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©2009, The McGraw-Hill Companies, All Rights Reserved McGraw-Hill/Irwin Insolvency Risk To ensure survival, an FI manager must protect against the risk of insolvency The primary protection against the risk of insolvency is equity capital –capital is a source of funds –capital is a necessary requirement for growth under existing minimum capital-to-asset ratios set by regulators Managers prefer low levels of capital in order to generate higher return on equity (ROE) –the moral hazard problem exacerbates this tendency –the result is an increased likelihood of insolvency To ensure survival, an FI manager must protect against the risk of insolvency The primary protection against the risk of insolvency is equity capital –capital is a source of funds –capital is a necessary requirement for growth under existing minimum capital-to-asset ratios set by regulators Managers prefer low levels of capital in order to generate higher return on equity (ROE) –the moral hazard problem exacerbates this tendency –the result is an increased likelihood of insolvency

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©2009, The McGraw-Hill Companies, All Rights Reserved McGraw-Hill/Irwin Insolvency Risk The economic meaning of capital is net worth –net worth is equal to the difference between the market value (MV) of an FI’s assets and the market value of its liabilities –the market value or mark-to-market value basis uses balance sheet values that reflect current rather than historical prices Regulatory and accounting-defined capital is based in whole or in part on historical or book values (BV) The economic meaning of capital is net worth –net worth is equal to the difference between the market value (MV) of an FI’s assets and the market value of its liabilities –the market value or mark-to-market value basis uses balance sheet values that reflect current rather than historical prices Regulatory and accounting-defined capital is based in whole or in part on historical or book values (BV)

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©2009, The McGraw-Hill Companies, All Rights Reserved McGraw-Hill/Irwin Insolvency Risk The market value of capital and credit risk –declines in current and expected future cash flows on loans lowers the MV of an FI’s assets –declines in the MVs of assets is directly charged against the equity owners’ capital or net worth –liability holders are only hurt when asset losses exceed equity capital levels –thus, equity capital acts as “insurance” protecting liability holders (and guarantors such as the FDIC) against insolvency risk The market value of capital and interest rate risk –rising interest rates decrease the value of an FI’s assets more than the value of the FI’s liabilities when the duration gap of the FIs balance sheet is positive –again, losses are first charged against equity capital The market value of capital and credit risk –declines in current and expected future cash flows on loans lowers the MV of an FI’s assets –declines in the MVs of assets is directly charged against the equity owners’ capital or net worth –liability holders are only hurt when asset losses exceed equity capital levels –thus, equity capital acts as “insurance” protecting liability holders (and guarantors such as the FDIC) against insolvency risk The market value of capital and interest rate risk –rising interest rates decrease the value of an FI’s assets more than the value of the FI’s liabilities when the duration gap of the FIs balance sheet is positive –again, losses are first charged against equity capital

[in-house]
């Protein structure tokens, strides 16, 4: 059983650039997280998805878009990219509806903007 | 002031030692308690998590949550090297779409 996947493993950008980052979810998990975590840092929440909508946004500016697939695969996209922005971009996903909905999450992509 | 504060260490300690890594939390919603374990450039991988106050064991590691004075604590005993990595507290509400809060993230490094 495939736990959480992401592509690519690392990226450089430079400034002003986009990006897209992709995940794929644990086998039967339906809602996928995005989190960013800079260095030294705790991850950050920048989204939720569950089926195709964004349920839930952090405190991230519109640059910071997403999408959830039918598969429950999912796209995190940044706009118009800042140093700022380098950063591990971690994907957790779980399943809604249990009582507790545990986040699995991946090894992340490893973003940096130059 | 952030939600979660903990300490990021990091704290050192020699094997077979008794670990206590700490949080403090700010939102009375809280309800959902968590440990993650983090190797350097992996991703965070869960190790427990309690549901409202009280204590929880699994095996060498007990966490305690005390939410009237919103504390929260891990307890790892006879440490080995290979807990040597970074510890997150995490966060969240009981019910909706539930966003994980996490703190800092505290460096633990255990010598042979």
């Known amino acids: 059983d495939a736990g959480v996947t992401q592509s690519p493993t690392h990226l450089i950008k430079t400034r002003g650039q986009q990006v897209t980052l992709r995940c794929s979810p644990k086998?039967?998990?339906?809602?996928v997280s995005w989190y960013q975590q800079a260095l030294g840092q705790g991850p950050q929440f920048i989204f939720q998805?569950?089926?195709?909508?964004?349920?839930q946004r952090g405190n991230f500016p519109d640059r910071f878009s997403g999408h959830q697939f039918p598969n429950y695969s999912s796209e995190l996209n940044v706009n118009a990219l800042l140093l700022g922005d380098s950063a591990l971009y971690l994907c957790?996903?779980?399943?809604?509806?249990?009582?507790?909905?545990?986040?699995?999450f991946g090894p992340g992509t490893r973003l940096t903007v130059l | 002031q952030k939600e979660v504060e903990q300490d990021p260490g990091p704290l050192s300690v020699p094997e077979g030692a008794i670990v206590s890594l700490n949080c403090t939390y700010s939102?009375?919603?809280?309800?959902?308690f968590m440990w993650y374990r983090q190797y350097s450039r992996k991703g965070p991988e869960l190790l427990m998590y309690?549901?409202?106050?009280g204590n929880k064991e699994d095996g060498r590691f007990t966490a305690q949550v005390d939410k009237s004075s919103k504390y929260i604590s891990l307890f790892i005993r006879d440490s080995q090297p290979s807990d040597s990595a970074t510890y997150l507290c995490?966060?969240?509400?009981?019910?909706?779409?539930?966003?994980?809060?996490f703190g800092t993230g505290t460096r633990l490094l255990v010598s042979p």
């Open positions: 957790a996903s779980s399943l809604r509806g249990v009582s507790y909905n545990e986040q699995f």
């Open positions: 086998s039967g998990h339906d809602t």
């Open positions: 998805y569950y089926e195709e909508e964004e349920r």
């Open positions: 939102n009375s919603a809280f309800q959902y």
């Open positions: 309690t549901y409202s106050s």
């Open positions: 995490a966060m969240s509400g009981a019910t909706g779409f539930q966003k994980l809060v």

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©2009, The McGraw-Hill Companies, All Rights Reserved McGraw-Hill/Irwin Insolvency Risk The book value of equity capital is the difference between the BV of assets and the BV of liabilities –the BV of equity is usually composed of the par value of equity shares, the surplus value of equity shares, and retained earnings –the BV of equity does not equal the market value of equity –managers can manipulate the BV of equity by using discretion when timing the recognition of loan losses selectively selling assets to inflate reported earnings (and thus capital) The book value of equity capital is the difference between the BV of assets and the BV of liabilities –the BV of equity is usually composed of the par value of equity shares, the surplus value of equity shares, and retained earnings –the BV of equity does not equal the market value of equity –managers can manipulate the BV of equity by using discretion when timing the recognition of loan losses selectively selling assets to inflate reported earnings (and thus capital)

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©2009, The McGraw-Hill Companies, All Rights Reserved McGraw-Hill/Irwin Insolvency Risk Interest rate changes have no impact on book values of assets and liabilities –FIs can be solvent from a BV perspective, but massively insolvent from an economic perspective The degree to which the BV of equity deviates from the MV of equity depends on –interest rate volatility –examination and enforcement –loan trading The discrepancy between the MV and BV of equity is measured by the market-to-book ratio Interest rate changes have no impact on book values of assets and liabilities –FIs can be solvent from a BV perspective, but massively insolvent from an economic perspective The degree to which the BV of equity deviates from the MV of equity depends on –interest rate volatility –examination and enforcement –loan trading The discrepancy between the MV and BV of equity is measured by the market-to-book ratio

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©2009, The McGraw-Hill Companies, All Rights Reserved McGraw-Hill/Irwin Insolvency Risk Arguments against using market value accounting include –it is difficult to implement especially so for small FIs that are not publicly traded –it introduces an unnecessary degree of variability into reported earnings –FIs may be less willing to accept longer-term asset exposures if they must be continually marked-to- market likely would interfere with FIs’ role as lenders and monitors and could lead to a “credit crunch” Arguments against using market value accounting include –it is difficult to implement especially so for small FIs that are not publicly traded –it introduces an unnecessary degree of variability into reported earnings –FIs may be less willing to accept longer-term asset exposures if they must be continually marked-to- market likely would interfere with FIs’ role as lenders and monitors and could lead to a “credit crunch”